$8M Alberta advertising campaign against federal net-zero rules rolls out in 4 provinces

The Alberta government’s $8-million campaign to “educate Canadians and Albertans” on the impacts of new emissions regulations proposed by the federal government has begun rolling out across the country.

The campaign, involving a wide range of television, web, social, billboard and other forms of advertising, will run just a little more than a month, until Nov. 2, when the federal government’s public input period on net-zero rules is set to conclude.

It’s running in Alberta, Ontario, Nova Scotia and New Brunswick, chosen because they are the regions “most impacted by the regulations,” a spokesperson with the province said.

“The campaign is intended to educate Canadians and Albertans on the impacts of these unaffordable regulations, and encourage the federal government to make changes needed to keep Canada’s electricity affordable and reliable,” wrote Ryan Fournier, a spokesperson for Rebecca Schulz, Alberta’s minister of environment and protected areas, in a statement.

Last week, Alberta Premier Danielle Smith said her government was preparing a Sovereignty Act motion in an effort to push back against Ottawa’s planned emissions reductions. The Alberta Electric System Operator (AESO), the organization responsible for operating the province’s power grid, had said the clean electricity regulations could lead to blackouts.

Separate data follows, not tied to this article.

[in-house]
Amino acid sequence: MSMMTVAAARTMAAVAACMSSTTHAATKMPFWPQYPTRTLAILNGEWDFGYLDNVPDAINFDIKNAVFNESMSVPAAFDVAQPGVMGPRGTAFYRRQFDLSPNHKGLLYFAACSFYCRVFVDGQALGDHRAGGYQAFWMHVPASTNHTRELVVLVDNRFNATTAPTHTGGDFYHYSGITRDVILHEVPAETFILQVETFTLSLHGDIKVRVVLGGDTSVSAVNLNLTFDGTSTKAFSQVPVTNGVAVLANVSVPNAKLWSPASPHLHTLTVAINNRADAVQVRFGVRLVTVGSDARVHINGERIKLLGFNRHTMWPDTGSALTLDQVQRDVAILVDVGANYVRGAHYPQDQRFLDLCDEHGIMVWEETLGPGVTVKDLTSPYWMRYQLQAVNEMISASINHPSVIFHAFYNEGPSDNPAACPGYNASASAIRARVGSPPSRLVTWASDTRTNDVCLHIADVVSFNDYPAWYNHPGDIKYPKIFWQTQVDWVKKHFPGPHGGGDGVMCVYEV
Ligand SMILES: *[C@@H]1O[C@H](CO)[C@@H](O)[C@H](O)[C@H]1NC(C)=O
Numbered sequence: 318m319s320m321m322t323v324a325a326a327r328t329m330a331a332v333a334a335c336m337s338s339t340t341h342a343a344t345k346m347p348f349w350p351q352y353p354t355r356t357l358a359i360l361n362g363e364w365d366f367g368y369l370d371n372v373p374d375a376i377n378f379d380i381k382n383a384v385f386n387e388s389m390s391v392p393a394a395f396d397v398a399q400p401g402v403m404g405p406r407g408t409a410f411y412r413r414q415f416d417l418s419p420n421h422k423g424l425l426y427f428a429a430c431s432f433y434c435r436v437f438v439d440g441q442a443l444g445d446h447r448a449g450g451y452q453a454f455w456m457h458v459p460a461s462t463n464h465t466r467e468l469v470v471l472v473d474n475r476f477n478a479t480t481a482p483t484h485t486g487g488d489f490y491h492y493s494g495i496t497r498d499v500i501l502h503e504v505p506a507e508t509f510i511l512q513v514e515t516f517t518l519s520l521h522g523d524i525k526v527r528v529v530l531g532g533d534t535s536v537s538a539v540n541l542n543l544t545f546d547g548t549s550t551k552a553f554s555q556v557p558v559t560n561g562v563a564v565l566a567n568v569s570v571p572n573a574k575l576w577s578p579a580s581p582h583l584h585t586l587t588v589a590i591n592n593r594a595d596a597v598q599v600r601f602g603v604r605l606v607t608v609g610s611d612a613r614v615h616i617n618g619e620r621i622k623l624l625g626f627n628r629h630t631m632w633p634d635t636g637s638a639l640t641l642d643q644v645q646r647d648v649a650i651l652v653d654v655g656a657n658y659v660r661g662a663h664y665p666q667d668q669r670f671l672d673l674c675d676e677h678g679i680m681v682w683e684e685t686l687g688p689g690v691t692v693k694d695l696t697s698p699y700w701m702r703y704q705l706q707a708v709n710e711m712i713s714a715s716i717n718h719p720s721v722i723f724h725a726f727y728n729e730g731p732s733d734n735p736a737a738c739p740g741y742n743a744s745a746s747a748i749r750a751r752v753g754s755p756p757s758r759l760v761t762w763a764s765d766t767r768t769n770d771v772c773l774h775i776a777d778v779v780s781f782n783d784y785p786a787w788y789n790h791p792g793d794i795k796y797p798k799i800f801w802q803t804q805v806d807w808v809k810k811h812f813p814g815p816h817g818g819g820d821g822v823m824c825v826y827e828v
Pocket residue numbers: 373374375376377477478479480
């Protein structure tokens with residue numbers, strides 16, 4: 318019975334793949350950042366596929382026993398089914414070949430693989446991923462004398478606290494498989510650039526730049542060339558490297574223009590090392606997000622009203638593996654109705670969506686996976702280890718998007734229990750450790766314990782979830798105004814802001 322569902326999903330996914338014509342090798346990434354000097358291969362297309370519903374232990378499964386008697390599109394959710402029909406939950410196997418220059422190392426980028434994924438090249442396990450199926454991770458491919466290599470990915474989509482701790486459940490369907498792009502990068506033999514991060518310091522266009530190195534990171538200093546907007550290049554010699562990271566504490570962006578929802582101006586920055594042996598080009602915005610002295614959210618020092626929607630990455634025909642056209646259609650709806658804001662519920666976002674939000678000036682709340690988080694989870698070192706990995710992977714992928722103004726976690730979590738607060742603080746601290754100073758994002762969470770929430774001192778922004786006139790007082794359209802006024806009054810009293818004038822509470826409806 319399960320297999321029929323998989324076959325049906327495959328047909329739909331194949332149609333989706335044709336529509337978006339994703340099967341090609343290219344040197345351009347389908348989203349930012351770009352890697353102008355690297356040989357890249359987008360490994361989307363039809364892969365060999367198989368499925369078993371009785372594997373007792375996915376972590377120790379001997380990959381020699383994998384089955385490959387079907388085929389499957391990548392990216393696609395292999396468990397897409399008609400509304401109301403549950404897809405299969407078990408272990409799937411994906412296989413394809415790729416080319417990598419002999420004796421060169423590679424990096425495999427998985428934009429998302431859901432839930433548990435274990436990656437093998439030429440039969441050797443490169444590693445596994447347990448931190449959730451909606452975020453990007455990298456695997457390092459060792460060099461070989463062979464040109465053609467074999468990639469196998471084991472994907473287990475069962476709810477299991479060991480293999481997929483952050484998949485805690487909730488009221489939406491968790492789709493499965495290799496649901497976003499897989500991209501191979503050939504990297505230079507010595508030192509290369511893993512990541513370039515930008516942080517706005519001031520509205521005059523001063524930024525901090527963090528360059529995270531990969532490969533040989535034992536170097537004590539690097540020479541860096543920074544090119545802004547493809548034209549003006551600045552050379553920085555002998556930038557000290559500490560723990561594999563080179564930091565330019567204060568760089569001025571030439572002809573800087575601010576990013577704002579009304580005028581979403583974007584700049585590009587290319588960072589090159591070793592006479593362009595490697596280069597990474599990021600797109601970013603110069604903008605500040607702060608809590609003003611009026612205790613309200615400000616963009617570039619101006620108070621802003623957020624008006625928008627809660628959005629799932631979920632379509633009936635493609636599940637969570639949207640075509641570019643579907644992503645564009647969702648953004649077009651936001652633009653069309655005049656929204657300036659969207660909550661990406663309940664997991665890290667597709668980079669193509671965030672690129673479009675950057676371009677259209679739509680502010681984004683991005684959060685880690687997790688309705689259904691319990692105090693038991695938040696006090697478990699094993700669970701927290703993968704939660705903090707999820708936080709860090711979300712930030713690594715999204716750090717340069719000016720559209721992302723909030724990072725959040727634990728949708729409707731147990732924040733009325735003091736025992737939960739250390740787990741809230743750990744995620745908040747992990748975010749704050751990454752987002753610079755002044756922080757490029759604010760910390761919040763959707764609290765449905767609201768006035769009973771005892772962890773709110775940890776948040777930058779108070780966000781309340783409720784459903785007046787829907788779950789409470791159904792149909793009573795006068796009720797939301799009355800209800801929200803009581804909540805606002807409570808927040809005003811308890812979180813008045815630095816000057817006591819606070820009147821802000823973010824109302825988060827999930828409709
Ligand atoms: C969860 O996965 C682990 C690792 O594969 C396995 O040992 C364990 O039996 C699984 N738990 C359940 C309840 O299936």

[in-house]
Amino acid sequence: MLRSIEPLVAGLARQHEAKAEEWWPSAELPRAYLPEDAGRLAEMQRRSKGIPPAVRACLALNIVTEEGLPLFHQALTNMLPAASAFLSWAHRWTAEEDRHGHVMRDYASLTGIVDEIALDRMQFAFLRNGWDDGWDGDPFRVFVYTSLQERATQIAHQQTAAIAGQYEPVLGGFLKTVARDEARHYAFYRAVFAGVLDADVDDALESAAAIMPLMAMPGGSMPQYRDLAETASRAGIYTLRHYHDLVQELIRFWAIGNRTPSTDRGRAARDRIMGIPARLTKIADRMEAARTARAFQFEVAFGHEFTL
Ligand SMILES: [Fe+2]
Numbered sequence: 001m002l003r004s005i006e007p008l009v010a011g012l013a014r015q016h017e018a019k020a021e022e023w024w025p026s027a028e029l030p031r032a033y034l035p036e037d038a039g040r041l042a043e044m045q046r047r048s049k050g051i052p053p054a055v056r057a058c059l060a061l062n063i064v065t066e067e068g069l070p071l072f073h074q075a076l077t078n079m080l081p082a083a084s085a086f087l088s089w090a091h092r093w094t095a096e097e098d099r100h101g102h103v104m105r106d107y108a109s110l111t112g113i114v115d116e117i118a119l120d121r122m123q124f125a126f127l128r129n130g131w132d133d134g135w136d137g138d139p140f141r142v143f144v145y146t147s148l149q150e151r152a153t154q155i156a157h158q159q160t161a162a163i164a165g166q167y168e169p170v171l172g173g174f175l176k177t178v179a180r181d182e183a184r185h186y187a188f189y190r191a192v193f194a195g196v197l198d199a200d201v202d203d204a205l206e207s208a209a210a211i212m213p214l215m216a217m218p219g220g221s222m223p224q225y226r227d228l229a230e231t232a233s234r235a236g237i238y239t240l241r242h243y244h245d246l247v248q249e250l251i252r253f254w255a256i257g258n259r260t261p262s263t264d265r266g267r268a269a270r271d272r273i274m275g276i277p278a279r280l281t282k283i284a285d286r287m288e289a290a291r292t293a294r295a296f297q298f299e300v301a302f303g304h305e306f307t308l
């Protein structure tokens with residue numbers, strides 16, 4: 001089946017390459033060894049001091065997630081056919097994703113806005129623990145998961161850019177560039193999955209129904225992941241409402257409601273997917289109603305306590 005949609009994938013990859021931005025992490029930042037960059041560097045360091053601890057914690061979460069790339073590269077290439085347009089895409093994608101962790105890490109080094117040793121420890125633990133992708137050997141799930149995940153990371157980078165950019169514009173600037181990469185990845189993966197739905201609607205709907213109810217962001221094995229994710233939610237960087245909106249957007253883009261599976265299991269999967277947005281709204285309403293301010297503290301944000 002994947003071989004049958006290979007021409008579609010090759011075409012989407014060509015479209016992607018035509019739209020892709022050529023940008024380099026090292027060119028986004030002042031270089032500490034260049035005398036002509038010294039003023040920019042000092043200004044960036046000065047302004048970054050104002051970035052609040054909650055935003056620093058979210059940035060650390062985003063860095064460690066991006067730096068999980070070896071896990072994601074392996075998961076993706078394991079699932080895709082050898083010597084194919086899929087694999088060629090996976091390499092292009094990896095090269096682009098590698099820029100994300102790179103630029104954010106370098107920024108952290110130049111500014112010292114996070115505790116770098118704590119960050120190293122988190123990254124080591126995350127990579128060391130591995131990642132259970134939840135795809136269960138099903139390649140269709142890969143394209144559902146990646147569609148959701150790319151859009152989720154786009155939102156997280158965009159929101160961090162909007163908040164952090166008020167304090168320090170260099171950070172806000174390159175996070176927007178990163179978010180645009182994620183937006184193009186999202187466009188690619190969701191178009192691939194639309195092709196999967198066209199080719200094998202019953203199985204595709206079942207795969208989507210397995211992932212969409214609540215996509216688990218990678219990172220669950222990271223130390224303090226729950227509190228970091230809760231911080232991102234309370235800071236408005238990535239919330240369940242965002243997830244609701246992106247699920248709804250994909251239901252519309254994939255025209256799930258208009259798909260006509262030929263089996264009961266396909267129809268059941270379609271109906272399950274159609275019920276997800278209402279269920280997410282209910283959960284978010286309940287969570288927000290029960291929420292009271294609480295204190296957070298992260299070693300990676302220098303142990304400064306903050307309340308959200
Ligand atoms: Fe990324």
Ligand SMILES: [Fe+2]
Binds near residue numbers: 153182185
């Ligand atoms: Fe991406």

Federal Environment Minister Steven Guilbeault has said his government shares the goals of AESO to achieve decarbonization while maintaining affordability and reliability.

Text is shown on a black screen that reads, "No one wants to pay more for power than they have to."
A still from an Alberta campaign focused on pushing back against federal net-zero rules. (Government of Alberta)

It’s a fight that is likely to play out over months and even years, and the advertising campaign signifies how much of this debate isn’t being fought over technical arguments, said Daniel Béland, director of the McGill Institute for the Study of Canada.

“It’s a political fight between the government of Alberta and the feds. I think that regardless of what numbers

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